Aside from representing architecture in terms of meaning, mood and method, film has also simply recorded it. Much of this has subsequently disappeared through redevelopment, neglect or enemy action, leaving a memory encoded in celluloid.
Unsurprisingly, London has been particularly affected. Ealing Studios filmed around the capital in the immediate post-war years, capturing vast swathes of Blitzed land that, in turn, disappeared as the city was rebuilt. Victorian and Edwardian housing in Lambeth that had survived wartime bombing was caught in Passport to Pimlico, only to be cleared shortly after in favour of Modernist blocks of flats.
When villagers fighting to save their branch railway purloin an old locomotive from a local museum, The Titfield Thunderbolt is actually being manoeuvred through the elaborate barrel-vaulted portal of the Imperial Institute in South Kensington; completed in 1894, plans to replace the building were laid in secret the same year the film was released. Demolition began in 1957, and today only the campanile remains.
Joseph Cubitt’s 1864 Blackfriars bridge, removed in 1985 save for its squat iron supports, features in Pool of London, as does London’s still-thriving dockland.
The once-busy warehousing around Tower Bridge, especially the great brick canyon of Shad Thames with its atmospheric high-level walkways, was very popular with directors until regeneration robbed the quarter of its texture. Films as varied as Biggles, The Elephant Man, Highlander, The French Lieutenant’s Woman and The Long Good Friday (which also documented the decline of the Royal Docks much further east) were shot in the area.
Other lost London buildings preserved on film range from the internationally-known to the quietly local. The original, revered Wembley Stadium was one of many locations visited during the making of the tense Boulting brothers thriller Seven Days To Noon. It was demolished in 2003. The Marine Engineers Memorial Building was erected in 1957 in the shadow of the Tower of London as an organisational headquarters and memorial to maritime crewmen who fell in two world wars. It stood in for a New York skyscraper in the quirky Peter Sellers comedy The Mouse That Roared, before demolition in 1999.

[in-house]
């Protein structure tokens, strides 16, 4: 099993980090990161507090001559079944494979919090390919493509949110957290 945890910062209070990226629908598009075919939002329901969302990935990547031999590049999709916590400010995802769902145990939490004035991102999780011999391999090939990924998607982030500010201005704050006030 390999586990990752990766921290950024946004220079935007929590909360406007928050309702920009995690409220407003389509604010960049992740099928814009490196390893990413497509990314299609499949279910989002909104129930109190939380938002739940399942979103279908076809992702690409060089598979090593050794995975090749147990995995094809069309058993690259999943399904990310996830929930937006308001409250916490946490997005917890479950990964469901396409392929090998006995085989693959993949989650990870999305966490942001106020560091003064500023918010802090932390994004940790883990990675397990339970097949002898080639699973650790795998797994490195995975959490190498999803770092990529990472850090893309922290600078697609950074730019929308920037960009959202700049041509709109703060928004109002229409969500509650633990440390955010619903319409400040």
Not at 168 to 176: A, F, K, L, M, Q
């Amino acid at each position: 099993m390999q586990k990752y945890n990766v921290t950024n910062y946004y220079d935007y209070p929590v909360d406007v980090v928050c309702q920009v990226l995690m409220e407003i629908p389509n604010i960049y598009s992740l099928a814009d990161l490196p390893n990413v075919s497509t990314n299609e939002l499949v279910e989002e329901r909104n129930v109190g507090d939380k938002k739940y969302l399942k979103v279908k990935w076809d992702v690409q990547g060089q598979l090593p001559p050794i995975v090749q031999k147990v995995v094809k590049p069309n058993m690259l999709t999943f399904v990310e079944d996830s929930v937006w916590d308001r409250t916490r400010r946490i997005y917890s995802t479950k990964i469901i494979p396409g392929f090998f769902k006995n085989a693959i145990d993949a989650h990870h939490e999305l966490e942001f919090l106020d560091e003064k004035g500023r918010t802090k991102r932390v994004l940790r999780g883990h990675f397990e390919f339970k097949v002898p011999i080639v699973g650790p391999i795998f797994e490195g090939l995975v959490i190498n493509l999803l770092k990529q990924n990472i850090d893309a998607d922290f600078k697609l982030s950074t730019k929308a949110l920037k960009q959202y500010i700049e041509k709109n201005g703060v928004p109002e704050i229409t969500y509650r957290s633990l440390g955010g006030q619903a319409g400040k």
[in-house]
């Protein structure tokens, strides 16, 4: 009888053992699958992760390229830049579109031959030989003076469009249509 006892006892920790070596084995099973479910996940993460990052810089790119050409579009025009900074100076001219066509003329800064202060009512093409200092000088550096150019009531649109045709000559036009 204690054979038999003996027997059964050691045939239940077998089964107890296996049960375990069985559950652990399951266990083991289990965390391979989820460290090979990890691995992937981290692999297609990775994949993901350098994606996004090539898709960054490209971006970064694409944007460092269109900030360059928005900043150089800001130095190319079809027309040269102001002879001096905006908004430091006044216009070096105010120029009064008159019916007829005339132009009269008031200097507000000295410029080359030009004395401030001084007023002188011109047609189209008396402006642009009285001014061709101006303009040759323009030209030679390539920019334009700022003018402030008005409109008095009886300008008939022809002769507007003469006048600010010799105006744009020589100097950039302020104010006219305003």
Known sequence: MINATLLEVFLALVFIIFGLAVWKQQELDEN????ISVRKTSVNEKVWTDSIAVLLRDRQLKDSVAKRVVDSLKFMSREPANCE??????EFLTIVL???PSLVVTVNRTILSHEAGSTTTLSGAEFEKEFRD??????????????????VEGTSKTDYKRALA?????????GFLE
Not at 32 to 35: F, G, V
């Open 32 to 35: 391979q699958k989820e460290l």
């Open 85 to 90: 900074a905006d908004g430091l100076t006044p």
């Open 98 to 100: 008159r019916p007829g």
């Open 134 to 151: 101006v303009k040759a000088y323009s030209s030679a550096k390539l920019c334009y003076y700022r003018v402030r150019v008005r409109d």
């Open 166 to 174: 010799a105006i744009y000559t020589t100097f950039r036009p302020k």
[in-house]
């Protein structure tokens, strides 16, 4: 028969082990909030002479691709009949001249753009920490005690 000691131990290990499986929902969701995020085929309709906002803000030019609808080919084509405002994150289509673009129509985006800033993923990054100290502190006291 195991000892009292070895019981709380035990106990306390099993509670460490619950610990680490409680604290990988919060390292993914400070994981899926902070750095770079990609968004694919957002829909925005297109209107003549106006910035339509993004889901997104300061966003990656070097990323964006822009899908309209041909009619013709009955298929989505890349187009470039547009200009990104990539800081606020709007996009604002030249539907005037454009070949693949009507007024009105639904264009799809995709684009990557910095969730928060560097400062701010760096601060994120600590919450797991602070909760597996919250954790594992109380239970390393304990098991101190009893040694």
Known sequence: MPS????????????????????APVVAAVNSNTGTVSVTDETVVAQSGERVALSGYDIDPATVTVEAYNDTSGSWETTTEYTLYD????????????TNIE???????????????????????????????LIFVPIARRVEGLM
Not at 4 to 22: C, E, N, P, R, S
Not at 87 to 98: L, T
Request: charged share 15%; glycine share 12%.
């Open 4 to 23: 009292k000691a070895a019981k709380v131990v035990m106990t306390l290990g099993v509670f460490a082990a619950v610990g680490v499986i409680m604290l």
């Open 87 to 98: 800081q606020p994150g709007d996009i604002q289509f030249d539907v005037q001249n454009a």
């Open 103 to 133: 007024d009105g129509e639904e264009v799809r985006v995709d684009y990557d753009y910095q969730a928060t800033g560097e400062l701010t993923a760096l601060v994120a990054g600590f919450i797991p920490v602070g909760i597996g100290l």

Michael Radford’s definitive visualisation of Nineteen Eighty-Four was filmed during the exact months in which Orwell set his novel. Use of locations such as the long-closed Battersea Power station, derelict Beckton gas works (some time before Full Metal Jacket shot there) and the much-loved Alexandra Palace four years after it was nearly burnt to the ground added to the already considerable poignancy of the project, the tone of its literary source aside – lead actors Richard Burton and John Hurt were coping with terminal illness and bereavement respectively as they worked.
Elsewhere in the British Isles a Glasgow of the past, much of which no longer survives, was an unconventional setting for the little-seen but striking science fiction drama Death Watch, whilst the grand interiors of eighteenth century Powerscourt House in Ireland represented continental estates in Barry Lyndon only a few years before it too was reduced to a shell by fire.
In mainland Europe, the Gare D’Orsay in Paris was the world’s first terminus for an electrified railway when opened in 1900. It was the last word in technology and luxury, yet closed less than forty years later. Its gaunt, decaying interior was the home for scenes from Welles’s The Trial and Bertolucci’s The Conformist. After threats of demolition were resisted, the station became the hugely popular Musee D’Orsay art museum. Wim Wenders centred Wings of Desire around the wasteland of Potsdamer Platz, then bisected by the Berlin Wall; sometimes lost architecture is not mourned.